NHS Direct awarded lions share of 111

After being selected by NHS South East London, NHS is now the preferred provider for NHS 111 in nine areas of England, covering 30 per cent of the population, and will provide call handling, clinical assessment and referral to an appropriate service. It has been awarded preferred provider status in the West Midlands; Greater Manchester; Cheshire and Mersey; Cumbria and Lancashire; Cornwall and the Isles of Scilly; Somerset; North Essex; and Sutton and Merton. For the most recent South East London contract, NHS Direct will partner with Bromley Healthcare and GRABADOC.

The majority are due to be awarded by mid-September. Health Secretary Andrew Lansley had ordered an England wide rollout of NHS 111 by April 2013. But in June the deadline was extended by up to six months for parts of the country which could prove they needed longer. This came after plans faced extensive criticism. GP leaders said they were worried there would not be adequate clinical engagement and that the rushed rollout would undermine the safety and reliability of the new service. Eight Clinical Commissioning Groups (CCGs) applied for the delay,

The British Medical Association had also warned about a hasty rollout of the service, which it said risked patients being sent to the wrong place, waiting longer, blocking A&E and using ambulances needlessly. Its lead on NHS 111, Peter Holden told Health Service Journal: “Every CCG should have applyied for an extension. We are trying to make [NHS 111] run before it can stand, let alone walk.”

The Royal College of Nursing said at the time it still had “deep reservations” because the service meant patients only speaking to clinically qualified professionals “around a third of the time”.

Not-for-profit GP-led organisations have won just five of the 26 NHS 111 contracts awarded so far. Dr Nigel Watson, chief executive of Wessex LMC and a GP in the New Forest, said the low numbers did not reflect the concern on the ground about the speed of the rollout. He said: “There are quite a number of people who are concerned about how 111 will work, what the pilots have shown and whether it provides value for money. For a lot of the CCGs going through authorisation it is not the number one thing on their agenda. In some areas, there are concerns but they will make the best job of it. It does not show that everyone supports it.”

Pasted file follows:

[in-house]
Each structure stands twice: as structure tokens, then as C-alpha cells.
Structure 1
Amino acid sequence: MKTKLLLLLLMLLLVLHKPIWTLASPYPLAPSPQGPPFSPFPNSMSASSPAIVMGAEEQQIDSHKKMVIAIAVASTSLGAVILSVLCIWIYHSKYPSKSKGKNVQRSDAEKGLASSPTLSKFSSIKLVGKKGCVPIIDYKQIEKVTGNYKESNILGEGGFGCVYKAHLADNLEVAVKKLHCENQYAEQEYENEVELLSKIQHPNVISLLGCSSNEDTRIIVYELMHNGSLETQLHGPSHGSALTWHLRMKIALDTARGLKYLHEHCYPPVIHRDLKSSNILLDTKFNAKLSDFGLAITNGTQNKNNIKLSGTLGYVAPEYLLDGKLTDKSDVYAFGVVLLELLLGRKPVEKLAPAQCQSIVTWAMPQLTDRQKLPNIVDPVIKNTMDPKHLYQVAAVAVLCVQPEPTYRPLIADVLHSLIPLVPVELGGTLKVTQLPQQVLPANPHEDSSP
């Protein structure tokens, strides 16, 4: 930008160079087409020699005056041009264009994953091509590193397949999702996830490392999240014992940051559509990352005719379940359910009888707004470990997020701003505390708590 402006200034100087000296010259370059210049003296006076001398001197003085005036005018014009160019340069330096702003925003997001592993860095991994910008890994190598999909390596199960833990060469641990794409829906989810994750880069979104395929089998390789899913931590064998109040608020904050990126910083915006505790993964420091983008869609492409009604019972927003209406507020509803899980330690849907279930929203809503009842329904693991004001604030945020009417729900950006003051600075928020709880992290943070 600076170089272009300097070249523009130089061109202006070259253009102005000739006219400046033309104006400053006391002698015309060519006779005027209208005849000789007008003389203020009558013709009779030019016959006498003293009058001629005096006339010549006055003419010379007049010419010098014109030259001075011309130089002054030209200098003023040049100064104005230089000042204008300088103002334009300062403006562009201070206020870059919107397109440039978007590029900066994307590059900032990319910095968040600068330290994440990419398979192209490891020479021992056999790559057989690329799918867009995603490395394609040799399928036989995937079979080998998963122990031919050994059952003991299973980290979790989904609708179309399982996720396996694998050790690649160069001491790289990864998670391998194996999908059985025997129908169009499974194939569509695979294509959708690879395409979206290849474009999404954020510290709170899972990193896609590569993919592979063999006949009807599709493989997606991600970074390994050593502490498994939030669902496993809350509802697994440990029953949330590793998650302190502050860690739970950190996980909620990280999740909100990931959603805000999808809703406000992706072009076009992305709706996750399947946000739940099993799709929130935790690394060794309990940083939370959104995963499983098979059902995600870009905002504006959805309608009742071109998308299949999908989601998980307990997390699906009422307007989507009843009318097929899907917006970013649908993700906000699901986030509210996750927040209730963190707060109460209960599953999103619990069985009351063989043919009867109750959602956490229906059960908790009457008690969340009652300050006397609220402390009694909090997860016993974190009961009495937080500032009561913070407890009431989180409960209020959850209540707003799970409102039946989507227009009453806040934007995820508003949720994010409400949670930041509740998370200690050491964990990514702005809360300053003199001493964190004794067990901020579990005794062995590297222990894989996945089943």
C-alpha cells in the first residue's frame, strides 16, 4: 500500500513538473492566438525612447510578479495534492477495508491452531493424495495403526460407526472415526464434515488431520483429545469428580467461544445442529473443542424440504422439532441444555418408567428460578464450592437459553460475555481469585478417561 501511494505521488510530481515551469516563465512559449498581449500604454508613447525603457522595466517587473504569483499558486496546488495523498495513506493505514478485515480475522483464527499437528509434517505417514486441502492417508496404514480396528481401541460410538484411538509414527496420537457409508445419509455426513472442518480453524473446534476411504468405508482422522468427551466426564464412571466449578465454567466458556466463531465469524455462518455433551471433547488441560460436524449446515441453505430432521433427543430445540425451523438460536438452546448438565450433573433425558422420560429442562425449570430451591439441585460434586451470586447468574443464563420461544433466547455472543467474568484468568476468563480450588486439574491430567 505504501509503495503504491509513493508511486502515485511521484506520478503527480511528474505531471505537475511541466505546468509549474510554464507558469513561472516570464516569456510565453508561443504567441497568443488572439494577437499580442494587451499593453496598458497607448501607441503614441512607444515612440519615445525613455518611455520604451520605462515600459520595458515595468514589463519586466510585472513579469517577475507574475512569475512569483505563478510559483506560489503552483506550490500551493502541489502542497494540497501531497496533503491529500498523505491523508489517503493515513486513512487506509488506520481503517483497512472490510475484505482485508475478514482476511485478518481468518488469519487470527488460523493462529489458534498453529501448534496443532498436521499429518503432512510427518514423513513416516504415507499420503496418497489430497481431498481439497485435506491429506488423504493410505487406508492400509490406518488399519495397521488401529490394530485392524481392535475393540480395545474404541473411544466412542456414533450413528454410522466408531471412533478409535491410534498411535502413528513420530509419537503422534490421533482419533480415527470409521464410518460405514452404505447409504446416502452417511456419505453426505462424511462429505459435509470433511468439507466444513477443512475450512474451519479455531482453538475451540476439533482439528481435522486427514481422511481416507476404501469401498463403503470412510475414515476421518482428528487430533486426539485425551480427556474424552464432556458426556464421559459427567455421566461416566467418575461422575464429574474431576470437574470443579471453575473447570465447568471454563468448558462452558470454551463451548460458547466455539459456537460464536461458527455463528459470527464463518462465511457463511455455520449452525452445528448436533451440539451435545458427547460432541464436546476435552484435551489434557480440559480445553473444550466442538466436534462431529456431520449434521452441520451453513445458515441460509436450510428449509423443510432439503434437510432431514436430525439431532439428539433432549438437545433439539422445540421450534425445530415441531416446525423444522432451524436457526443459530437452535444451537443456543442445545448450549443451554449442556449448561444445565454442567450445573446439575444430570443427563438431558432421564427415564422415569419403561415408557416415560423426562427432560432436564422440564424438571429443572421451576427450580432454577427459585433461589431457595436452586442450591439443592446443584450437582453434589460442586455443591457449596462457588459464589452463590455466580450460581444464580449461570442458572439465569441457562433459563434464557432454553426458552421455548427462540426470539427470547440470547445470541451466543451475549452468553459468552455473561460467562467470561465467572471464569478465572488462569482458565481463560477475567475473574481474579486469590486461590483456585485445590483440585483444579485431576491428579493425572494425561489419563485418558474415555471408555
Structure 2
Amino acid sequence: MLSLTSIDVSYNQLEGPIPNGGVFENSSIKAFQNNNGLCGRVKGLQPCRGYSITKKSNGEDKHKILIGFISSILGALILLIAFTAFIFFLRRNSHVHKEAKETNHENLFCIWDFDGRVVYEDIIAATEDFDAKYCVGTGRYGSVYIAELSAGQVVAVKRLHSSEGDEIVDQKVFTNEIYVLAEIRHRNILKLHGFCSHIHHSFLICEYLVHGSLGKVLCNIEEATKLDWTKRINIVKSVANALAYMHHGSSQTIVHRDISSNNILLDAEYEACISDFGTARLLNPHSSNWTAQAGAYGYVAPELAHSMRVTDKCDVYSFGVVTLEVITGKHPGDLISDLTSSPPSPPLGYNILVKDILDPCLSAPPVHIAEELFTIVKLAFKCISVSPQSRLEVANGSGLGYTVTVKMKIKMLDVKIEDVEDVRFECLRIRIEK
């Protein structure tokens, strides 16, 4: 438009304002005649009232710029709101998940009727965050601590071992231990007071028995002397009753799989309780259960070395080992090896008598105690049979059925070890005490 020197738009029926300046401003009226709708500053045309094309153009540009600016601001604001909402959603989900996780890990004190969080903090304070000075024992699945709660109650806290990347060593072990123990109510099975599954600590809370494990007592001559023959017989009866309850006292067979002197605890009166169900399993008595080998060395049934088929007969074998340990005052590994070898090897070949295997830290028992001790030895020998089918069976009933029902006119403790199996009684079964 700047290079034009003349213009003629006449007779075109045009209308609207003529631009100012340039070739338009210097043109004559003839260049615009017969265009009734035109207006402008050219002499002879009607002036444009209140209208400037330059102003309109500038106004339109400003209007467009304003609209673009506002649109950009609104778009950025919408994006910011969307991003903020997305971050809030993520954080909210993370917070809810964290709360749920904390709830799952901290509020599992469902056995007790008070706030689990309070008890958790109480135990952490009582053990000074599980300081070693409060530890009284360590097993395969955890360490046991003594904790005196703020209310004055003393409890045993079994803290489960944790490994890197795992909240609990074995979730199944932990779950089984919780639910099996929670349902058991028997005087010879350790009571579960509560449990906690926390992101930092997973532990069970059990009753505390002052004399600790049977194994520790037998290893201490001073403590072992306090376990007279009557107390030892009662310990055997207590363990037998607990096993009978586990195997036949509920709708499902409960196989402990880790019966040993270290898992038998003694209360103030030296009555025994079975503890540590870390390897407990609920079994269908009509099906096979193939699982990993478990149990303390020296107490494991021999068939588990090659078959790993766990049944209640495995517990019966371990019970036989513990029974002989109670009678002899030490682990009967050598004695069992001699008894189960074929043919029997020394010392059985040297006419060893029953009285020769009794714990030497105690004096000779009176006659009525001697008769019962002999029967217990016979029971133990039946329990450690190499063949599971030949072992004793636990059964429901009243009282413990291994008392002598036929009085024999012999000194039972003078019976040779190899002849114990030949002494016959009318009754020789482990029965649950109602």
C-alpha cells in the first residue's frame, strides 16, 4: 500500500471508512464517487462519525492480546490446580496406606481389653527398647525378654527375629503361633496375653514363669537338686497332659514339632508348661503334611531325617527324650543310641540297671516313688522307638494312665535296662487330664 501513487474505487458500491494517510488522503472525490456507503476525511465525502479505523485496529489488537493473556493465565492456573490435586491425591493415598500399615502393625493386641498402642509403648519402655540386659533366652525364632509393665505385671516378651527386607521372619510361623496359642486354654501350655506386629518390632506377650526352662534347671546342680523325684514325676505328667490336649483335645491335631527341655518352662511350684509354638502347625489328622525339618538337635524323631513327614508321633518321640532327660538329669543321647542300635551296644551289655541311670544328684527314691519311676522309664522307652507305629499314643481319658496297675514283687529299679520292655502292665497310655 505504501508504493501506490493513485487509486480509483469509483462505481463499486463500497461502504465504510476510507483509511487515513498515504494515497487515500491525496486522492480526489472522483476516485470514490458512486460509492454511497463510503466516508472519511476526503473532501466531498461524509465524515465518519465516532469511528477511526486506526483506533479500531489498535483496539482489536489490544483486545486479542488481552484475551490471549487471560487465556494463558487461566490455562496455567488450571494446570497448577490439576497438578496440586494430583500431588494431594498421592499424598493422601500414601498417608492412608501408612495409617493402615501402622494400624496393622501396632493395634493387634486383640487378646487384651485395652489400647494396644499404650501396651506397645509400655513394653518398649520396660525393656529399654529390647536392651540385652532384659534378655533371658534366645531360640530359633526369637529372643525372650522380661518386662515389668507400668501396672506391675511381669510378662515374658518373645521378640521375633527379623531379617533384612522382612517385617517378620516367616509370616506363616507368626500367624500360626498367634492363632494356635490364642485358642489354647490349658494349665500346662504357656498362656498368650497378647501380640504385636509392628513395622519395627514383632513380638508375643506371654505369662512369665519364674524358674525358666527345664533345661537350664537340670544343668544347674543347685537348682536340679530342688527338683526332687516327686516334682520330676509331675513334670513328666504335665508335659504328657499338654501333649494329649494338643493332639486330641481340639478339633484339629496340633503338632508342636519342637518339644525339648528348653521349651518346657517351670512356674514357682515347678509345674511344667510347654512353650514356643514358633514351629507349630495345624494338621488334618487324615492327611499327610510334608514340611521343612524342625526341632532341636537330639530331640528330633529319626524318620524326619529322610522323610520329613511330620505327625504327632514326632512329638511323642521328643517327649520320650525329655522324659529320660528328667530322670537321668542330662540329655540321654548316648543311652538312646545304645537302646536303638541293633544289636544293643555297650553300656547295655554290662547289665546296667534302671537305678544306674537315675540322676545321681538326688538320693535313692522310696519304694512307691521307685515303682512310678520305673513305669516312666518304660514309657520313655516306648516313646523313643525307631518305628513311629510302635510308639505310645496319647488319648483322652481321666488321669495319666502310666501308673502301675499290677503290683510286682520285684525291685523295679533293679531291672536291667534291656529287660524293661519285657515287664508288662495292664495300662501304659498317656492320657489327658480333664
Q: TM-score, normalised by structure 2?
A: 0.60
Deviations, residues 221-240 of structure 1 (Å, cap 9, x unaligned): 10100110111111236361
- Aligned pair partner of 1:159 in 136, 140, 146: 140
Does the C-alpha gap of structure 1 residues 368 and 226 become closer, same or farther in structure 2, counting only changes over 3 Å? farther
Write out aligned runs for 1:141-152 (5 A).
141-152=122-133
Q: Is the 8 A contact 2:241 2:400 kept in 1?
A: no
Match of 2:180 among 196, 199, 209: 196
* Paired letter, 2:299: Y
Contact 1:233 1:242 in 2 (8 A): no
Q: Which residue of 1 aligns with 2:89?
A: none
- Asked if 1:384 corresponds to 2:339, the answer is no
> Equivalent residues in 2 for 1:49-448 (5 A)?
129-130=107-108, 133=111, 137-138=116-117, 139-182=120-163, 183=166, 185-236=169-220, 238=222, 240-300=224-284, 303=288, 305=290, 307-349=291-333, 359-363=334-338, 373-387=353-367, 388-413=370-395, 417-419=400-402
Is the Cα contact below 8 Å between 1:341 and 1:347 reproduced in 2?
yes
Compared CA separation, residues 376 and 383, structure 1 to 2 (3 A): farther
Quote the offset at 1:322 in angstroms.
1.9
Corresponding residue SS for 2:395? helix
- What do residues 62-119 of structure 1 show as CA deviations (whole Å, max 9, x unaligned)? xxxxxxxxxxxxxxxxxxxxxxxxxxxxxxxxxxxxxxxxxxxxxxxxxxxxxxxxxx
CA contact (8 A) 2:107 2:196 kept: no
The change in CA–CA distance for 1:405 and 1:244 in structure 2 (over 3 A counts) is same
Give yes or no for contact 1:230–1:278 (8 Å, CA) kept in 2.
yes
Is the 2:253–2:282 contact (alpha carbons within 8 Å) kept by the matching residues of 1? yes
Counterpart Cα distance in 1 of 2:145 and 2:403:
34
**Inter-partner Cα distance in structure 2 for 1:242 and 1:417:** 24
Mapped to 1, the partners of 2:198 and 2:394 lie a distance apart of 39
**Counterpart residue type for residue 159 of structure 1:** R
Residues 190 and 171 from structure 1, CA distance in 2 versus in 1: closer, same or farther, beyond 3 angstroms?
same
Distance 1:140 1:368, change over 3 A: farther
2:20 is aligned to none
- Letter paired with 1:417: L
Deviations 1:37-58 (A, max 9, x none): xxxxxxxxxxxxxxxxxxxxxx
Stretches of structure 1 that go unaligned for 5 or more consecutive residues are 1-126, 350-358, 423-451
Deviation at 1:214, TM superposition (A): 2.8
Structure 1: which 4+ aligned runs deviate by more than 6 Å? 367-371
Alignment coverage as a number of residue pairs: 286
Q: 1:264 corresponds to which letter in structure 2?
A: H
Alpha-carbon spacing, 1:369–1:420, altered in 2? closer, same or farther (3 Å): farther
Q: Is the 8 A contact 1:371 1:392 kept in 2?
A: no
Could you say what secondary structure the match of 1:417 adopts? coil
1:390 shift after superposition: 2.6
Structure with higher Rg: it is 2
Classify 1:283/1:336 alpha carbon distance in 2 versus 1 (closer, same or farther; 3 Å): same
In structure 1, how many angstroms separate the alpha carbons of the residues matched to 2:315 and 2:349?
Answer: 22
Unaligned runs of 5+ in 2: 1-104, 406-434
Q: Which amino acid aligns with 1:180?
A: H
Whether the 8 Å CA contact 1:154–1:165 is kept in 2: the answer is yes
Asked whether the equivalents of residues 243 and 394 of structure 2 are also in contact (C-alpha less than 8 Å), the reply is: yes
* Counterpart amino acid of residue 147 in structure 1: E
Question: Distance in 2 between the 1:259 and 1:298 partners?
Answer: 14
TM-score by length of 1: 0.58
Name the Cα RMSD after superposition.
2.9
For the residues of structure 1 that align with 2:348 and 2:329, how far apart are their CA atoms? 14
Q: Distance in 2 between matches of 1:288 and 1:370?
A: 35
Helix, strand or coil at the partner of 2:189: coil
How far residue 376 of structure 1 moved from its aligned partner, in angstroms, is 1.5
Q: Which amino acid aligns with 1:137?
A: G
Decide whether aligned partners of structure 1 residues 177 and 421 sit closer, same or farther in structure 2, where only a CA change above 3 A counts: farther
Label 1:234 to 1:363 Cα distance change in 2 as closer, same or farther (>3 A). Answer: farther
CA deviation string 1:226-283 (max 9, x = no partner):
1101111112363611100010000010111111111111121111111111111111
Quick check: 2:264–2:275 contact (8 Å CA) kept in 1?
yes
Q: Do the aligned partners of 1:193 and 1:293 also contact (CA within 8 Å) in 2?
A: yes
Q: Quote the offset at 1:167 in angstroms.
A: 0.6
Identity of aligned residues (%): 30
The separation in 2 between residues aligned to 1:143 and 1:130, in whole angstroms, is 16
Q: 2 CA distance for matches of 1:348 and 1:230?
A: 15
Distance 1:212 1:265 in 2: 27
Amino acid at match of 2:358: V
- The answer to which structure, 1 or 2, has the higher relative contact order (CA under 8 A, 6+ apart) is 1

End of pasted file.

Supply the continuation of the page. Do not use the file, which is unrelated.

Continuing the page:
NHS Direct chief executive Nick Chapman said: ‘We are delighted to have been selected as the preferred provider for the NHS 111 service in a number of areas so far. We are looking forward to working with those commissioners and local NHS organisations to provide the NHS 111 service for their patients.’

“The national coverage provided by NHS Direct’s 0845 4647 service will no longer be required when NHS 111 is rolled out across the country, and the future NHS Direct will be focused on meeting the needs of the local commissioners and their communities.”

Official figures show an 8 per cent rise in ambulance attendances in areas of the country that piloted the new urgent care number over the past year. This compares with a 3 per cent increase in ambulance attendances from January 2011 to February 2012 across the rest of the country, and comes after warnings from the GPC that the rollout is processing too quickly. The figures also show visits to A&E have increased by 3 per cent in those areas where NHS 111 has been rolled out, compared with 2 per cent in non-pilot areas in the 12 months preceding February 2012. GP out-of-hours, urgent care and walk-in centre visits were lower in areas with pilot NHS 111 schemes across the same period, with a 6 per cent rise compared with 17 per cent across England.

Speaking at the NHS Confederation annual conference, Lansley stated: “The essence of it is the ability not only to put a directory of services behind the call, but joined up flexible, responsive services that mean we have got a much more effective urgent care system that delivers the right care at the right place at the right time.”